WWW.QNS.COM RIDGEWOOD TIMES APRIL 15, 2021 23
OUR NEIGHBORHOOD: THE WAY IT WAS
A Ridgewood social hall built by immigrants
BY THE OLD TIMER
It’s no secret that Ridgewood grew at the dawn of
the 20th century thanks to the strength of immigrants
who came to the United States looking
for freedom and the opportunity for a better life.
Back then, a great many immigrants who arrived
in Ridgewood came here from Germany.
The population was so large, in fact, that when the
Ridgewood Times published its first issue on Aug.
1, 1908, it was printed in two languages: English
At the same time, however, another group of immigrants
began making its way into Ridgewood by
way of Williamsburg, Brooklyn. These were the
people of Gottschee, a German-speaking enclave
located in present-day Slovenia that dates back to
the 13th century.
The Gottscheer community’s impact on Ridgewood
during the first half of the 20th century
cannot be overstated. Groups of residents formed
charitable organizations and social clubs to support
each other and help families thrive in the
community, and their legacy lives on to this day.
One place in Ridgewood that carries on the
Gottschee legacy is Gottscheer Hall, located at 657
Fairview Ave. Most local residents know it as a
great place to enjoy German food and a fun night
out with friends and family, but Gottscheer Hall’s
history shows it’s much more than a hangout.
Gottscheer Hall was formed by the Gottscheer
Central Holding Corporation, which was established
from the membership of various Gottscheer
social clubs in Ridgewood and Williamsburg.
The hall opened its doors in December 1924, but
almost vanished five years later as a result of a
The Gottscheer community rallied together and
rebuilt the hall, and in the years that followed,
it would become an even greater hub as more
Gottscheer families moved into Ridgewood and
By the 1930s, the Gottscheer population in
Queens had met or exceeded the actual population
of Gottschee, which by then was located within
Europe was thrust into the Second World War II
in September 1939. Two years later, Hitler invaded
and occupied Yugoslavia. The Nazis forced the
“resettlement” of the German-speaking Gottschee
population into Germany itself, thus dissolving
Thousands of Gottscheers sought refuge in the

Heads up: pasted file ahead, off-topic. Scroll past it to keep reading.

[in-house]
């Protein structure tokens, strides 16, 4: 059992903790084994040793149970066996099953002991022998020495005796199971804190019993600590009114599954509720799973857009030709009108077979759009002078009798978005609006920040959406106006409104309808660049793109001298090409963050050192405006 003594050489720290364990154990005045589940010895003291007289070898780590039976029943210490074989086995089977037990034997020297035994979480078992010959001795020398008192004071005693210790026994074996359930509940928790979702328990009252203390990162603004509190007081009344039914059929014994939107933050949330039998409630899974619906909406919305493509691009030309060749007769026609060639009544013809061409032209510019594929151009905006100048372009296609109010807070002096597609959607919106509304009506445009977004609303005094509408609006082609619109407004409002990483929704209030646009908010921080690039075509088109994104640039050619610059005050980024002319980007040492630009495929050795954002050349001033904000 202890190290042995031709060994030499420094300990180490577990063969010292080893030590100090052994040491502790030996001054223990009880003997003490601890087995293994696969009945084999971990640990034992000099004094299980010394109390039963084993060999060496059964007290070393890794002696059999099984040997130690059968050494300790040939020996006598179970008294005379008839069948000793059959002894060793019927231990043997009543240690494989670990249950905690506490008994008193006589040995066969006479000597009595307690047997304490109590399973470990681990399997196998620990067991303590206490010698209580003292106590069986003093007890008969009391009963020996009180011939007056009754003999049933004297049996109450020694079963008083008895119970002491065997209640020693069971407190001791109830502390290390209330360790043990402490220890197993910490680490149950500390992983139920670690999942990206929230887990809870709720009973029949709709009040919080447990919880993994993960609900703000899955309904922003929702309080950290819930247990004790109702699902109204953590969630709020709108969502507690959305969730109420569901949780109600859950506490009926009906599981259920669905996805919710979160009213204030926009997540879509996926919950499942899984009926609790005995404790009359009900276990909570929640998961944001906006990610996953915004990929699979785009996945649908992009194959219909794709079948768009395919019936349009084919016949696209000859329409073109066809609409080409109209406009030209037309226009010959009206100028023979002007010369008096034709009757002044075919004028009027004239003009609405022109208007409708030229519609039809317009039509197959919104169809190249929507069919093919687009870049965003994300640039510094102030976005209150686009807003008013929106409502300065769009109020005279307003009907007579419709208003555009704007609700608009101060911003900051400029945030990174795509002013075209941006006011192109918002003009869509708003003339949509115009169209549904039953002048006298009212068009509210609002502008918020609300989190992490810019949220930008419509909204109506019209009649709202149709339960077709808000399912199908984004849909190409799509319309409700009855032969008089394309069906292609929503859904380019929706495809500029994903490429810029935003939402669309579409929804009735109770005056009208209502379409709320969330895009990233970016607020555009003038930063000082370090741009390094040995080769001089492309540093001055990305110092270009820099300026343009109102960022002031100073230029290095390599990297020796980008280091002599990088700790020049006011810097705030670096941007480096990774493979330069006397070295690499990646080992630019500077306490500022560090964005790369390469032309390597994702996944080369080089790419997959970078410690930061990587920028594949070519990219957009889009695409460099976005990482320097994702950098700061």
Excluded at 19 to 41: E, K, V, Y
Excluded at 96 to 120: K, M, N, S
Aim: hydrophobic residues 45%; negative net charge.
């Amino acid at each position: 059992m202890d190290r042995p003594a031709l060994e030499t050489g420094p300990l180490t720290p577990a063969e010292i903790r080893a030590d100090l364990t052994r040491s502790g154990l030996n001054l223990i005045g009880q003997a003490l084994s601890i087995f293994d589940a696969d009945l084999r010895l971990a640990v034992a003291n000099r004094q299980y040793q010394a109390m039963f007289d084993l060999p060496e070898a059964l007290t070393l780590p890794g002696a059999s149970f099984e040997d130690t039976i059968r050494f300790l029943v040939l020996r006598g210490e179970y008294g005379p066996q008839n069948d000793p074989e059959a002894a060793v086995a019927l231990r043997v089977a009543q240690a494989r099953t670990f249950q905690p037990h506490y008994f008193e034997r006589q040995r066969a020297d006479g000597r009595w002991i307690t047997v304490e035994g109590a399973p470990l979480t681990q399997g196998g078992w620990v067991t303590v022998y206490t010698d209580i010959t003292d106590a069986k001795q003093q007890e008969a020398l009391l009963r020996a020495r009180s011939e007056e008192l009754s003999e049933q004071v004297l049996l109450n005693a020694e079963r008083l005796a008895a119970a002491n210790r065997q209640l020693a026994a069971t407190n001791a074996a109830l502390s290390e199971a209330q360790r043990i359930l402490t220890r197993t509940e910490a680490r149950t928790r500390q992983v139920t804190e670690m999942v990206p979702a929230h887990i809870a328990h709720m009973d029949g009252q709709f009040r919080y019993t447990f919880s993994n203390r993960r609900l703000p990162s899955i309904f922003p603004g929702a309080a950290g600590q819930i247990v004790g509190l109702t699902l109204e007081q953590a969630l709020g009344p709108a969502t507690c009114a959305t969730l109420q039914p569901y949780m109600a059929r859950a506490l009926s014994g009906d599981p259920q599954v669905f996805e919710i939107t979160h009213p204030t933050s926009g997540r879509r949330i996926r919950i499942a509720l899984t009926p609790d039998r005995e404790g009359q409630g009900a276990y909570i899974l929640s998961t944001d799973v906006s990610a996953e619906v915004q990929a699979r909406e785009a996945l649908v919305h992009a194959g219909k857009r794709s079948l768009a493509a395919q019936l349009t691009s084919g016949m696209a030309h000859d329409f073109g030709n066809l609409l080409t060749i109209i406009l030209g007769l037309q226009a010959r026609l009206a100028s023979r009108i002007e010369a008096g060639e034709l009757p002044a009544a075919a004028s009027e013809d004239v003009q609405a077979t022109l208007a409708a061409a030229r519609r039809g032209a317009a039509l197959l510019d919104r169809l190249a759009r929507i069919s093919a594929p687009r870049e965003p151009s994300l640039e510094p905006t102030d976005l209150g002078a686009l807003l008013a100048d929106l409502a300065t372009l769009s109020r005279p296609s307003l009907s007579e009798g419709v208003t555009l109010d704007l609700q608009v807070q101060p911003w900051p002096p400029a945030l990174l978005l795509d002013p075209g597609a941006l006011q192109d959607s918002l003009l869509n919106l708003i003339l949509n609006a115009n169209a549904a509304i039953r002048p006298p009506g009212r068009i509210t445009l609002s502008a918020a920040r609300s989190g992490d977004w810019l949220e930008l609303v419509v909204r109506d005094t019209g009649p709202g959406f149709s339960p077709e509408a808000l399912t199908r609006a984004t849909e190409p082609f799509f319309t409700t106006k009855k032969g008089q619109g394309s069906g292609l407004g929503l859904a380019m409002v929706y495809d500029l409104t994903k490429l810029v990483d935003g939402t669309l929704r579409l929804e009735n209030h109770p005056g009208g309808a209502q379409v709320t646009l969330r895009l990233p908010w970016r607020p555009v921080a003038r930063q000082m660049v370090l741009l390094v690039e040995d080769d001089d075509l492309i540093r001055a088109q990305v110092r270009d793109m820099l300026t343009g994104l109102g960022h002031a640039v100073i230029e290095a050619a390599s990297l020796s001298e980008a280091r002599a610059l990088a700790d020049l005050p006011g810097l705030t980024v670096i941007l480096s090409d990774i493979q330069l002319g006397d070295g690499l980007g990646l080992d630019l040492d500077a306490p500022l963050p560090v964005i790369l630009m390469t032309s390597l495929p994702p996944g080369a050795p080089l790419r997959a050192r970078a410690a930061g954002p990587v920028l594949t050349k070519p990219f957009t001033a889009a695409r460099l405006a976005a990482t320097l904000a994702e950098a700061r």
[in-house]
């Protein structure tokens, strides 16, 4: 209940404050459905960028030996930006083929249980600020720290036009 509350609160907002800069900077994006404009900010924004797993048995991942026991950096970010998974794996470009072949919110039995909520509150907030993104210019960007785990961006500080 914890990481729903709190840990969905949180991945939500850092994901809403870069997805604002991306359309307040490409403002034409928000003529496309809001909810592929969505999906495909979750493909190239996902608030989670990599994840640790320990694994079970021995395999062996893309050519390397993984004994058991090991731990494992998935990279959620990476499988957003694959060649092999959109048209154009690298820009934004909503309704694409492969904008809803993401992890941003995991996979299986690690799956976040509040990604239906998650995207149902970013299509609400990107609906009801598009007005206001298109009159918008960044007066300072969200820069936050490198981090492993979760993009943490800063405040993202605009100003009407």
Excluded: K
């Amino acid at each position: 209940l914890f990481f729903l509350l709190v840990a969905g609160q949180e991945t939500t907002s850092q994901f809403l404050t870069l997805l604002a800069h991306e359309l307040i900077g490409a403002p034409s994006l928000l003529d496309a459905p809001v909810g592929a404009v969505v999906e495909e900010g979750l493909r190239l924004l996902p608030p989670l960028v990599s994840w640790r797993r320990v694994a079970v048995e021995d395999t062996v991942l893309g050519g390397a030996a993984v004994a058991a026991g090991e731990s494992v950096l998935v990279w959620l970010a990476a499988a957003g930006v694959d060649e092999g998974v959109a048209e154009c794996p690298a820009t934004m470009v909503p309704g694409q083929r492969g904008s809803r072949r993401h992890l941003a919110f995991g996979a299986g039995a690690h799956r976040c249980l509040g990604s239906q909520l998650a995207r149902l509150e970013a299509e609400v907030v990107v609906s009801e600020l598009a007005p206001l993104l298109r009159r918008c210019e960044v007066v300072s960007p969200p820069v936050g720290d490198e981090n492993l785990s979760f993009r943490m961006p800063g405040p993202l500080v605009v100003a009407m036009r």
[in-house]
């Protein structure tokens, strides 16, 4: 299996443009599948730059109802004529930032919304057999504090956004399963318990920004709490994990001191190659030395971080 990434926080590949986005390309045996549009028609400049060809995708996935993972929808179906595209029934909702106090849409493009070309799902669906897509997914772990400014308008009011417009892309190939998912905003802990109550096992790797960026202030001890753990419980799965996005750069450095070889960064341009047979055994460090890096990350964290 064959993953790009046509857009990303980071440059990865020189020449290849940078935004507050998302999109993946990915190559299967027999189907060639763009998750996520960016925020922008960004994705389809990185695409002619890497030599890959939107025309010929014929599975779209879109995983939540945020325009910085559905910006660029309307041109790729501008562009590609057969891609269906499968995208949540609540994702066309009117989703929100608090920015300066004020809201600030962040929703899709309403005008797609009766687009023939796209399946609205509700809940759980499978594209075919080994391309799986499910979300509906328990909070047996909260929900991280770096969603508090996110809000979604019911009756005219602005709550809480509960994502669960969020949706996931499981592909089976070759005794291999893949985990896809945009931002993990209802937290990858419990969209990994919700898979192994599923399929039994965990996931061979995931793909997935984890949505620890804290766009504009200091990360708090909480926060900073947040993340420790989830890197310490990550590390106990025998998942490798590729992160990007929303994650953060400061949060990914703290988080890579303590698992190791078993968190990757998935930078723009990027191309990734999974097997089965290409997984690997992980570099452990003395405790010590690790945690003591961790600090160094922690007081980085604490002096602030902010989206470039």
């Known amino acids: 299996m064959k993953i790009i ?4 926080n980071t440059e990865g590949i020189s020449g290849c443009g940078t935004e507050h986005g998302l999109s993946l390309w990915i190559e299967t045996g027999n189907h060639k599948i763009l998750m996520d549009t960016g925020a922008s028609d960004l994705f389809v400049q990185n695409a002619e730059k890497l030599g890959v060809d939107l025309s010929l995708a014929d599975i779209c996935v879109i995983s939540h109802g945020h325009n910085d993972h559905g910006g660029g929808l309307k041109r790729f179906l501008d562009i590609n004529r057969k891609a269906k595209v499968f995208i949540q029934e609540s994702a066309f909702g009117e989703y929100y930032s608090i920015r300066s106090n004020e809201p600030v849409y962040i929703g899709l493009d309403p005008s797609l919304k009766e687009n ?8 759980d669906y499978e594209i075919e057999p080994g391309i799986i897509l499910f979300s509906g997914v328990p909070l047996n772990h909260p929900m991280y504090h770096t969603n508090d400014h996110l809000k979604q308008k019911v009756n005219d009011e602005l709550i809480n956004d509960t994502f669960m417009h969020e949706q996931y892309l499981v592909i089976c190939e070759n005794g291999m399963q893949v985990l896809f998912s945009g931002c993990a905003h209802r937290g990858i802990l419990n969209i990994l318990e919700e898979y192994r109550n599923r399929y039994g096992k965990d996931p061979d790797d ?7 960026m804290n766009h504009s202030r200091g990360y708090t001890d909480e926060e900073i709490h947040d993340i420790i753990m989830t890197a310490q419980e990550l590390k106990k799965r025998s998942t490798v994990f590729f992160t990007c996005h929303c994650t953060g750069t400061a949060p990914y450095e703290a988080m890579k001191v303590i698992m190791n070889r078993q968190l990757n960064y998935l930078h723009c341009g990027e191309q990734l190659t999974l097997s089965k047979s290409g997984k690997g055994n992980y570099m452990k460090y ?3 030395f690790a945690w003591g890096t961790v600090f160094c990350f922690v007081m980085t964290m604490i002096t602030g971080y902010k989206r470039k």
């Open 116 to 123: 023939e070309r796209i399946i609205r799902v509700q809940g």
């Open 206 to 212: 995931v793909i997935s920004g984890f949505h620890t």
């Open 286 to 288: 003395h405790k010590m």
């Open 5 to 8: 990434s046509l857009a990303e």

United States during and after World War II, and
the Gottscheer community in Ridgewood formed
the Gottscheer Relief Association toward helping
In 1950, President Harry Truman signed an
immigration law that allowed easier entry for
Photo via Ridgewood Times archives
“displaced persons” in post-war Europe to enter
the United States. This gave Gottscheer refugees
their opportunity to settle in the Greater Ridgewood
area and start a new life.
Ridgewood boasted the largest Gottscheer
population in the world, and Gottscheer Hall was
busier than ever before. The clubhouse proved
too small to accommodate the burgeoning number
of Gottscheer club members, so the Gottscheer
Central Holding Corporation built a larger club
that opened in December 1962.
The more spacious Gottscheer Hall featured a
large banquet hall with a modern kitchen and two
smaller meeting halls. At least a dozen Gottscheer
clubs made Gottscheer Hall their headquarters
and conducted nearly all of their affairs there.
Gottscheer Hall remains active to this day as
a place for parties, markets, weddings, anniversaries,
graduation celebrations and more. It also
continues to host various clubs linked to local
Gottscheer history, including the Gottscheer
Men’s and Women’s Chorus and a Gottscheer folk
The influx of new residents into Ridgewood
has also helped keep Gottscheer Hall going.
The Queens Courier, a sister publication of the
Ridgewood Times, published a story in 2014 about
it becoming a popular hangout for hipsters, and
that the new regulars were helping to keep the
In Ridgewood, there are few more welcoming
places than Gottscheer Hall — a place born to help
welcome immigrants to America and open the
doors of opportunity and friendship to them.
* * *
If you have any remembrances or old photographs
of “Our Neighborhood: The Way It Was” that you
would like to share with our readers, please write
to the Old Timer, c/o Ridgewood Times, 38-15 Bell
Blvd., Bayside, NY 11361, or send an email to editorial@
ridgewoodtimes.com. Any print photographs
mailed to us will be carefully returned to you upon
The exterior of Gottscheer Hall on Fairview Avenue in Ridgewood as seen in October 2018..
Photo via PropertyShark/Christopher Bride